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About the Daily Office

The Daily Office, rooted in the Jewish tradition of fixed daily prayer, has been adapted by Christians over the centuries. Monastics in the Benedictine tradition deserve most of the credit for integrating the Daily Office into Christian daily life.

Traditionally, the Daily Office (Western church practice) consisted of praying seven times a day starting with Vespers at sunset. We’ve adapted these prayers to work well within the parameters of Twitter and the hardware through which it’s available (e.g., laptop, mobile device, desktop computer).

Each office includes some or all of the following: opening prayer, psalm(s), reading from scripture, petitions, the Lord’s Prayer (“Our Father”), collect, and closing benediction. We follow the traditional church calendar and the Revised Common Lectionary.

Morning Prayer (Lauds): Monday-Sunday, 7:30/8:00 AM ET
Midday Prayer (Sext): Wednesday &/or Friday, 12:15 PM ET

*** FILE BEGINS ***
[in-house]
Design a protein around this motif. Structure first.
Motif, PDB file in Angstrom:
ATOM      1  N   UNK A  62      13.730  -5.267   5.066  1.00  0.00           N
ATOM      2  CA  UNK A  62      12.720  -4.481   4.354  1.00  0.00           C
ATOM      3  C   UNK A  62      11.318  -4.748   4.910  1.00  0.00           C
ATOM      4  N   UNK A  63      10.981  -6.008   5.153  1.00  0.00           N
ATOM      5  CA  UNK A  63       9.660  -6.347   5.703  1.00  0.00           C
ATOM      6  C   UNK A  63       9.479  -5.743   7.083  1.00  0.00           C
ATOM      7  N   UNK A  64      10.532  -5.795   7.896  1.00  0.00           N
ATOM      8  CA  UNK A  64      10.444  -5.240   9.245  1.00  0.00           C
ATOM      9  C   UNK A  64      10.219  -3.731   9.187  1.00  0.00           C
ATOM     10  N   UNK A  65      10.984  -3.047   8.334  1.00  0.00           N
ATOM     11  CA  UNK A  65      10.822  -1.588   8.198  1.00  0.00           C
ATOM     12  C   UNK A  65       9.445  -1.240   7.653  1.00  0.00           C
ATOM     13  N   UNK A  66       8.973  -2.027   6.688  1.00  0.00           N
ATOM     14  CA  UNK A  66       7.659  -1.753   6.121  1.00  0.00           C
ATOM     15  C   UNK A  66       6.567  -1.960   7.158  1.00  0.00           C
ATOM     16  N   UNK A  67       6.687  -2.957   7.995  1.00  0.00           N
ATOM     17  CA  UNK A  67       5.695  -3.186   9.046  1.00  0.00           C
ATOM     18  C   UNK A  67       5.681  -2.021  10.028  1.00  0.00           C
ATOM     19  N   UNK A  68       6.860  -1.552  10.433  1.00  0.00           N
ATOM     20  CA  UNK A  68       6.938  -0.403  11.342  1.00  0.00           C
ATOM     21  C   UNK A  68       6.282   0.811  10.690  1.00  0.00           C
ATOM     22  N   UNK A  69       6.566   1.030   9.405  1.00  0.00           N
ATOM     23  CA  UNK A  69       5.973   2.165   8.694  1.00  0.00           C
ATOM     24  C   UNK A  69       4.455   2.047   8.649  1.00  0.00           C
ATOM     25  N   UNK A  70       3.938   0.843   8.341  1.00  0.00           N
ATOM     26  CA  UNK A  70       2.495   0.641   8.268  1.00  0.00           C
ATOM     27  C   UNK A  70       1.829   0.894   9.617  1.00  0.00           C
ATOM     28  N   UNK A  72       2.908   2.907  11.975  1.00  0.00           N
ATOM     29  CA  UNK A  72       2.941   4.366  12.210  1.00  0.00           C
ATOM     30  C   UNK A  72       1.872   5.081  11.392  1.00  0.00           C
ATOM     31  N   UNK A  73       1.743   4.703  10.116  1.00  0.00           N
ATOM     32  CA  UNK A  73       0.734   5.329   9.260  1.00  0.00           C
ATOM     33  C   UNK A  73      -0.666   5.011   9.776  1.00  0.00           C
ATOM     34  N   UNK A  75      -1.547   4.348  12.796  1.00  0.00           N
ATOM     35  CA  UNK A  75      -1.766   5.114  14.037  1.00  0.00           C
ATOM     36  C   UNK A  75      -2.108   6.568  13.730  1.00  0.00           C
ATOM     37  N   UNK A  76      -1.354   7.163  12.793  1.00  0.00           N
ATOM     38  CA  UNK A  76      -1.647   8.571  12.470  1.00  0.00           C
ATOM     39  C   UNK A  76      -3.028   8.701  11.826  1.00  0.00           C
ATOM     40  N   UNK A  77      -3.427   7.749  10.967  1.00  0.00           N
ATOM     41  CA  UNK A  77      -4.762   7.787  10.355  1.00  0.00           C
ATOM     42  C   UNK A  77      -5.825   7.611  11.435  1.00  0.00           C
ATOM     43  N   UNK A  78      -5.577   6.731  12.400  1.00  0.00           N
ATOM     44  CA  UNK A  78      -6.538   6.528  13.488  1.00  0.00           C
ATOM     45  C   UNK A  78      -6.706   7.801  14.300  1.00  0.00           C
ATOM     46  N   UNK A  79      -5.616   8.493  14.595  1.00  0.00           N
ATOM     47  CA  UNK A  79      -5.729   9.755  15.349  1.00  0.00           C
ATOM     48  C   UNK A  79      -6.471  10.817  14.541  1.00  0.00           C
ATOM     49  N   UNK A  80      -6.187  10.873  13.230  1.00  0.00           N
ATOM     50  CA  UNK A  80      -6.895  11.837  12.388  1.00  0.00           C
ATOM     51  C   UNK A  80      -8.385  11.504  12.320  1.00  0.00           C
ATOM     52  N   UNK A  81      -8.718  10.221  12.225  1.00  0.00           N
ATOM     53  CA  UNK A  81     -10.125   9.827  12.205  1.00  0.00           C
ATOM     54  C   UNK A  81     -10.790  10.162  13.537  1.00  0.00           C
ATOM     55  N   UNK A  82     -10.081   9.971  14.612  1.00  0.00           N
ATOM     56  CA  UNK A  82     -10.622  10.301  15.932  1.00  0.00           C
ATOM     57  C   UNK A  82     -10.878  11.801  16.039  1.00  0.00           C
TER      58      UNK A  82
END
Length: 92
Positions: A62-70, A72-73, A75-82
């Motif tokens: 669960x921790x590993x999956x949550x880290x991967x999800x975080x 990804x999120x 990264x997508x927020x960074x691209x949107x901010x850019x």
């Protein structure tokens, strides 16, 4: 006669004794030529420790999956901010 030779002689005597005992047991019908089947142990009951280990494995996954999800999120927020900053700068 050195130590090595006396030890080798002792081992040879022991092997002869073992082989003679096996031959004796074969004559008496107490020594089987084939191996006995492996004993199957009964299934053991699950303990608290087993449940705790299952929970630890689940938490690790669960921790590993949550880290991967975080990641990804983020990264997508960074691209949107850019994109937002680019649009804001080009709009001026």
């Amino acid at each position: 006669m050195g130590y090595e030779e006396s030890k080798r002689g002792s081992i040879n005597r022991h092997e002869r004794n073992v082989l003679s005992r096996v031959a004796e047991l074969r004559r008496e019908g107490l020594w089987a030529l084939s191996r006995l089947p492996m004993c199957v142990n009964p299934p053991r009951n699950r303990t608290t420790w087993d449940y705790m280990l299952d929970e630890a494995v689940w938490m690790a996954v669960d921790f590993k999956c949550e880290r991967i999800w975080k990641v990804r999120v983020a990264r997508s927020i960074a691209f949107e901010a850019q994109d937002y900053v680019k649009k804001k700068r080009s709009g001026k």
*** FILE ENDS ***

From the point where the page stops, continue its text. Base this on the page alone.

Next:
Evening Prayer (Vespers): Tuesday & Sunday, 5:00/5:30 PM ET
Night Prayer (Compline): Monday-Saturday at 9:00/9:30 PM ET

We invite you to join us whenever you are able — don’t worry about time zones!

Whether you’ve prayed the Daily Office for years or are new to this tradition, we hope these times of prayer will enhance your spiritual life.



1. Papalheart - April 14, 2011

Will you be able to tell me how to use the Divine Office Prayer book we have? Or should I just follow with the prayers you post? Thank you!

The Virtual Abbey - April 15, 2011

Which Divine Office prayer book do you have? Is it an “official” breviary with gazillion ribbons? Those can be stunningly confusing at the start because parts of the prayers change according to season. For now, we recommend you follow along with us and also click through on the resources to see how the prayers show online. Note: We use Daily Office liturgies from several communions (i.e., Anglican, Anglo-Catholic, Episcopal).

2. Papalheart - April 15, 2011

Yes, that’s the one, with all the ribbons! I think you are right, will just continue with following along with you. It is very confusing to use the official book. Thank you for this wonderful resource!
To Jesus, through Mary,
Pax Christi

Meredith Gould - April 16, 2011

Uh-oh…ribbons. I used to get all tangled up in those in the beginning. Gets easier!

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